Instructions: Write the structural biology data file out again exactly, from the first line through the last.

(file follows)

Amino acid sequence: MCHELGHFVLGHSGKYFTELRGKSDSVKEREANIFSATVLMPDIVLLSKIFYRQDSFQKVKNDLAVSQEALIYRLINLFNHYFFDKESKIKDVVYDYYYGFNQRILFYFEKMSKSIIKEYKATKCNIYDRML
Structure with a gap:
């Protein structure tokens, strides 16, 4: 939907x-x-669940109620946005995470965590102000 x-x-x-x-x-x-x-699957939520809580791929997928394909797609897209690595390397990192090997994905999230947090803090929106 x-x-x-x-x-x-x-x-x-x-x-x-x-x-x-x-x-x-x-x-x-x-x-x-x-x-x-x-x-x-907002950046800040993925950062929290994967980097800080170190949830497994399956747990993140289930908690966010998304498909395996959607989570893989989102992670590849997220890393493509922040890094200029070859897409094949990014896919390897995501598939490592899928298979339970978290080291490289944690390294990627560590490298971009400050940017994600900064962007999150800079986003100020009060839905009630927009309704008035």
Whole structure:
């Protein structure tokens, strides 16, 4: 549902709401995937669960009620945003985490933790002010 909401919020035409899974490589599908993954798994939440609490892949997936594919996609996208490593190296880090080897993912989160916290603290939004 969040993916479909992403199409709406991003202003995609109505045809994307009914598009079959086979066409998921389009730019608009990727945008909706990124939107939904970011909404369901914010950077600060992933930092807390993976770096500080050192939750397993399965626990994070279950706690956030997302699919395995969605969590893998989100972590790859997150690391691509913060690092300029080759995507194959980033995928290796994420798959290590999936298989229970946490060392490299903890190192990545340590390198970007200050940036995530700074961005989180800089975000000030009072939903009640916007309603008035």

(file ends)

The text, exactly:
Amino acid sequence: MCHELGHFVLGHSGKYFTELRGKSDSVKEREANIFSATVLMPDIVLLSKIFYRQDSFQKVKNDLAVSQEALIYRLINLFNHYFFDKESKIKDVVYDYYYGFNQRILFYFEKMSKSIIKEYKATKCNIYDRML
Structure with a gap:
């Protein structure tokens, strides 16, 4: 939907x-x-669940109620946005995470965590102000 x-x-x-x-x-x-x-699957939520809580791929997928394909797609897209690595390397990192090997994905999230947090803090929106 x-x-x-x-x-x-x-x-x-x-x-x-x-x-x-x-x-x-x-x-x-x-x-x-x-x-x-x-x-x-907002950046800040993925950062929290994967980097800080170190949830497994399956747990993140289930908690966010998304498909395996959607989570893989989102992670590849997220890393493509922040890094200029070859897409094949990014896919390897995501598939490592899928298979339970978290080291490289944690390294990627560590490298971009400050940017994600900064962007999150800079986003100020009060839905009630927009309704008035």
Whole structure:
């Protein structure tokens, strides 16, 4: 549902709401995937669960009620945003985490933790002010 909401919020035409899974490589599908993954798994939440609490892949997936594919996609996208490593190296880090080897993912989160916290603290939004 969040993916479909992403199409709406991003202003995609109505045809994307009914598009079959086979066409998921389009730019608009990727945008909706990124939107939904970011909404369901914010950077600060992933930092807390993976770096500080050192939750397993399965626990994070279950706690956030997302699919395995969605969590893998989100972590790859997150690391691509913060690092300029080759995507194959980033995928290796994420798959290590999936298989229970946490060392490299903890190192990545340590390198970007200050940036995530700074961005989180800089975000000030009072939903009640916007309603008035």